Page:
Shares of restaurant operator Cracker Barrel Old Country Store (CBRL) are jumping $4 today to new all-time highs on the heels of a strong quarterly earnings report and news that it will raise its dividend by 50% to $3.00 per year, giving the $93 stock a yield of over 3%. While I do not own CBRL shares directly, Biglari Holdings (BH) is a large position in the client accounts I manage and that company owns a 20% stake in Cracker Barrel, after having started buying the stock in the 40′s two years ago. That stake is now worth over $440 million and represents a majority of BH’s current equity market value of $585 million.
I have written about Biglari Holdings quite a bit previously, so I suggest searching this blog for those articles if you would like to learn more on that front. What I find interesting today is that Biglari has really cornered Cracker Barrel into a position where Biglari and its shareholders can win on multiple fronts with its CBRL investment. The Biglari-Cracker Barrel relationship is a dicey one, which is contrary to many situations where a company and its largest shareholder communicate amicably on a fairly regular basis. As a 20% holder, Biglari has agitated for board seats for two years now, and has been rejected by both management and CBRL shareholders both times. Biglari’s main beef was with how CBRL was being managed, and as a large holder he wanted to sit down with the senior management team and work together to improve capital allocation and get the stock price higher.
Interestingly, Cracker Barrel has been quick to dismiss Biglari’s ideas publicly, only to later implement them and try and take credit. Many of those changes have contributed to the doubling of CBRL’s share price over the last two years. Now that CBRL is generating excess free cash flow at a very healthy clip, they are faced with the decision of how to allocate that capital. Previously CBRL has repurchased shares, but now that Biglari Holdings owns 20% of the company (the maximum amount it can own due to a poison pill put into place by Cracker Barrel management) any share repurchases would increase Biglari’s stake in the company without any additional cash investment. If that stake were to rise, Biglari’s odds of gaining seats on the company’s board of directors would also increase, and given the tense relationship, CBRL has no incentive to buy back stock right now.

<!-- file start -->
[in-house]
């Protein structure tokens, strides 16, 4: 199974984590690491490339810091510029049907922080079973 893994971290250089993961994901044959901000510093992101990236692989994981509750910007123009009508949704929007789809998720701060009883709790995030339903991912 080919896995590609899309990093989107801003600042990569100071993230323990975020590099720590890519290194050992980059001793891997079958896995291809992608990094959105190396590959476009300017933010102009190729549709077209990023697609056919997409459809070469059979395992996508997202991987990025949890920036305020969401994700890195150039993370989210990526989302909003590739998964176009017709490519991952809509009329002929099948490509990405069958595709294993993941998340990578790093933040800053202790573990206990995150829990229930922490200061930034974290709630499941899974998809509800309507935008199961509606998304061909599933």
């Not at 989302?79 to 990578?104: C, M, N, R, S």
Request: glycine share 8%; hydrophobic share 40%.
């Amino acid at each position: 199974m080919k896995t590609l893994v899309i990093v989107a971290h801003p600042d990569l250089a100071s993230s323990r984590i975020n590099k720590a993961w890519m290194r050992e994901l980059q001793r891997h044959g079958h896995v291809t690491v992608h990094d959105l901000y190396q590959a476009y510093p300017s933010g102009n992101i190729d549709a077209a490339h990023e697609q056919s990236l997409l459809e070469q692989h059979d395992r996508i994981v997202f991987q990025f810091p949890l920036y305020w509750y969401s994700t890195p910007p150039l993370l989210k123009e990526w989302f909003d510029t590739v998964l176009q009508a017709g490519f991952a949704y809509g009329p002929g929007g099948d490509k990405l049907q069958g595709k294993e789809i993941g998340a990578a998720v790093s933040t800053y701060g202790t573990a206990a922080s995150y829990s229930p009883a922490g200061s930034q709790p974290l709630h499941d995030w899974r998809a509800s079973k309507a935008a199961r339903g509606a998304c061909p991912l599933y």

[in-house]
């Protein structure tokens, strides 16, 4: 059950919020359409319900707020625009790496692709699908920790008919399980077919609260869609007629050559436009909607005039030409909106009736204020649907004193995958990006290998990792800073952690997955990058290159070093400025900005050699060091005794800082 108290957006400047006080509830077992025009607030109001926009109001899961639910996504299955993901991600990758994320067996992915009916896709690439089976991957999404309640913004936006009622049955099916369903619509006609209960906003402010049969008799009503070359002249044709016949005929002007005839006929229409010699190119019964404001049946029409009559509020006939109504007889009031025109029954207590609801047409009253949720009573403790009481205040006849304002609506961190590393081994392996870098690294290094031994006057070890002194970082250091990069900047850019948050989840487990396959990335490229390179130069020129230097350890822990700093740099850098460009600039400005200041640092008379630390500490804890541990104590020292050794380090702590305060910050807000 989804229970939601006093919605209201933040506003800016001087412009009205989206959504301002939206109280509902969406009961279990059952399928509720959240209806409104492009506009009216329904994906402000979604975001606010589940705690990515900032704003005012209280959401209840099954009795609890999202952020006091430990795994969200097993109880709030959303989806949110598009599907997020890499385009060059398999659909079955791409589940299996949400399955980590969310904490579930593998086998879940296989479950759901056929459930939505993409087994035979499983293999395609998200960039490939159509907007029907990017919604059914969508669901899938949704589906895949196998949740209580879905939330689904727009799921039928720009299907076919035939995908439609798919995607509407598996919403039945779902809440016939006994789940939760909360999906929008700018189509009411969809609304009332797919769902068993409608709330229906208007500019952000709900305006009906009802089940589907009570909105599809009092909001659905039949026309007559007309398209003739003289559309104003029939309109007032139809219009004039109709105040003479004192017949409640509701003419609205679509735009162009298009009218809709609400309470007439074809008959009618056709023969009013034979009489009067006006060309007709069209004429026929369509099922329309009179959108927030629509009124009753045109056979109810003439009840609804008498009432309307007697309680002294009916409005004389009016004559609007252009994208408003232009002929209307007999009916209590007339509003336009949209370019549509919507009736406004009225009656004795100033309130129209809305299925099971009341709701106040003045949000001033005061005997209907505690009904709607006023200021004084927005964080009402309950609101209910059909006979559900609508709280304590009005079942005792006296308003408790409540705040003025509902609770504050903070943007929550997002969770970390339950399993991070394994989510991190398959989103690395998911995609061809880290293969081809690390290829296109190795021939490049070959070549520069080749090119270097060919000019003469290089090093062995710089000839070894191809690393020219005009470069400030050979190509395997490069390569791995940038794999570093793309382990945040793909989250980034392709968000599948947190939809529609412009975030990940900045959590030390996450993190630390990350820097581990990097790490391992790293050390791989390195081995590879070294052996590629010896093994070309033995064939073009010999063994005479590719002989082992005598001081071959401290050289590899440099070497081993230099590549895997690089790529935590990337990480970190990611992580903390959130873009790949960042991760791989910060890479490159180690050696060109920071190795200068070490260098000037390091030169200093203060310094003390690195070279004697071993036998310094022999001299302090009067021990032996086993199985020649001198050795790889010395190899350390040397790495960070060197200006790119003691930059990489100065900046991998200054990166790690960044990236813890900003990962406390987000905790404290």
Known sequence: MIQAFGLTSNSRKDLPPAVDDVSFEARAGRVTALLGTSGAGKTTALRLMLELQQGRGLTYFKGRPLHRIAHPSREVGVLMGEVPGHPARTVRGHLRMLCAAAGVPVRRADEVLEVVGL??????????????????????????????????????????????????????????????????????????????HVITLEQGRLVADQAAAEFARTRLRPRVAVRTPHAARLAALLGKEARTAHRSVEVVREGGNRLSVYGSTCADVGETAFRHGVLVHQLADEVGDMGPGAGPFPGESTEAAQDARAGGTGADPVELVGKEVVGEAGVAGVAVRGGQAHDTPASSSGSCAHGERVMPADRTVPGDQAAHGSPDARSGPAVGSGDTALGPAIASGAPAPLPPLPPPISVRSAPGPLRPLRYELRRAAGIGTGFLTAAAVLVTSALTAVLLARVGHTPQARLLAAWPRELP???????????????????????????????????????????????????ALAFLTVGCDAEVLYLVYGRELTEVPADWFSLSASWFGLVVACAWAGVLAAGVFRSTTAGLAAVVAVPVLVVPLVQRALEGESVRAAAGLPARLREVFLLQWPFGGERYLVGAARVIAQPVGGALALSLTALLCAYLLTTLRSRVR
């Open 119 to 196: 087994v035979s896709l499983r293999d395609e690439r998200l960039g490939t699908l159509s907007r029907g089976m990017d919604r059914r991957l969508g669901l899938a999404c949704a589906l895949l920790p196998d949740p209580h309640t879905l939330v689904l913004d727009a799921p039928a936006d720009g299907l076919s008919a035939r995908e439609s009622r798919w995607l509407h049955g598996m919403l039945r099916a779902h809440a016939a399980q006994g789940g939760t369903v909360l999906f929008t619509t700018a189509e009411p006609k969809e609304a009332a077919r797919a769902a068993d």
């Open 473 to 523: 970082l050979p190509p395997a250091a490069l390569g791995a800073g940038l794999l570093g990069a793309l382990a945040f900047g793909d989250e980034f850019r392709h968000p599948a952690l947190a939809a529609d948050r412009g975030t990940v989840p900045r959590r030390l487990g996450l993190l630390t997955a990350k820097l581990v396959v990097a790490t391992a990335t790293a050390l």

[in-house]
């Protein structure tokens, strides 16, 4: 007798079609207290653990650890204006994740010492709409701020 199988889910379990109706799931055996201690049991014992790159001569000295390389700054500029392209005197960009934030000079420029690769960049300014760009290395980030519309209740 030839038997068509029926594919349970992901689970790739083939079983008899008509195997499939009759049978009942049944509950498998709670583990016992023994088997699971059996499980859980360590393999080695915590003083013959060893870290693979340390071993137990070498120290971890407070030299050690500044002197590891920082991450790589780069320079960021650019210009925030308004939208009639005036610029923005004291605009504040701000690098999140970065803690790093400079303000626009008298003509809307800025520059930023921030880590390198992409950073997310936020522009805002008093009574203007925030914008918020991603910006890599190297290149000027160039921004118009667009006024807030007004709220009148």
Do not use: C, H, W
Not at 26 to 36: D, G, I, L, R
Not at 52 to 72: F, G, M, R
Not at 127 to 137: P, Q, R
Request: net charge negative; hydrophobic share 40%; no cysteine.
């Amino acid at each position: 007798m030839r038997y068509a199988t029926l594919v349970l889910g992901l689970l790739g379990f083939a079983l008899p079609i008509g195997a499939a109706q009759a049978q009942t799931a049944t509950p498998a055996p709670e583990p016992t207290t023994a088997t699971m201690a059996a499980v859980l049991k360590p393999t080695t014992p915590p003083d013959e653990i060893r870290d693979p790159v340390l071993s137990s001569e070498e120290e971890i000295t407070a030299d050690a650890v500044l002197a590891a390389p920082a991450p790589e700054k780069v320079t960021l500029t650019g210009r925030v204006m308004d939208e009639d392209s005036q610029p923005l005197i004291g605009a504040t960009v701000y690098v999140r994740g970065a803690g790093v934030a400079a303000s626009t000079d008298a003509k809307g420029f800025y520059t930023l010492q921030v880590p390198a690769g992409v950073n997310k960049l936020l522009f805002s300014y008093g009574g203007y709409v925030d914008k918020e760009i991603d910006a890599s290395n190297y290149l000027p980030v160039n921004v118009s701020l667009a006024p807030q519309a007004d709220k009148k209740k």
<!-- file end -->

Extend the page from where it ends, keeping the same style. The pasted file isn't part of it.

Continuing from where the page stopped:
So that leaves the issue of the company’s dividend. When Biglari Holdings bought its first shares of Cracker Barrel in 2011, CBRL’s quarterly dividend was 22 cents per share. Since then they have raised it on four separate occasions, more than tripling the payout to the current 75 cents per quarter rate. Cracker Barrel likely thought doing so would make Biglari happier and might cause him to be less vocal. However, that has not happened and there is every indication that he will continue to seek board seats in the future.
From Biglari’s perspective, he really could not be in a better position. If Cracker Barrel hoards its cash or spends it unwisely (unprofitable unit expansion has been a core tenet of Biglari’s critique), he will likely get more shareholders on his side when it comes time to re-elect the company’s directors. If CBRL decides to buy back shares with its free cash flow (something Biglari has suggested they do), his ownership percentage will increase and help him in that quest.
Not surprisingly, Cracker Barrel has opted for the dividend increase approach, as it eases shareholder concerns generally and does nothing to help Biglari get on the company’s board. However, it serves to funnel cash right into Biglari Holdings’ bank account. So shareholders of Biglari Holdings are going to win either way; they benefit from the torrid pace of the stock price’s ascent, and they are getting ever-rising dividend payments every quarter, with which Biglari can make additional investments. On BH’s 4+ million share stake, that equates to over $12 million a year in dividends, which comes to about 2% of Biglari Holdings’ market value.
I’ll make one final observation as it relates to the merits of Biglari Holdings as an investment, since I am playing this scenario indirectly through BH stock. Before BH even purchased its first share of CBRL, its stock was trading at $400 per share. Now, two years later with that stake in CBRL worth over $440 million (and paying $12 million out annually), BH shares trade for $405. The market has not yet fully appreciated what Biglari has been building here, but I think it will just be a matter of time.
Full Disclosure: Long BH shares at the time of writing, but positions may change at any time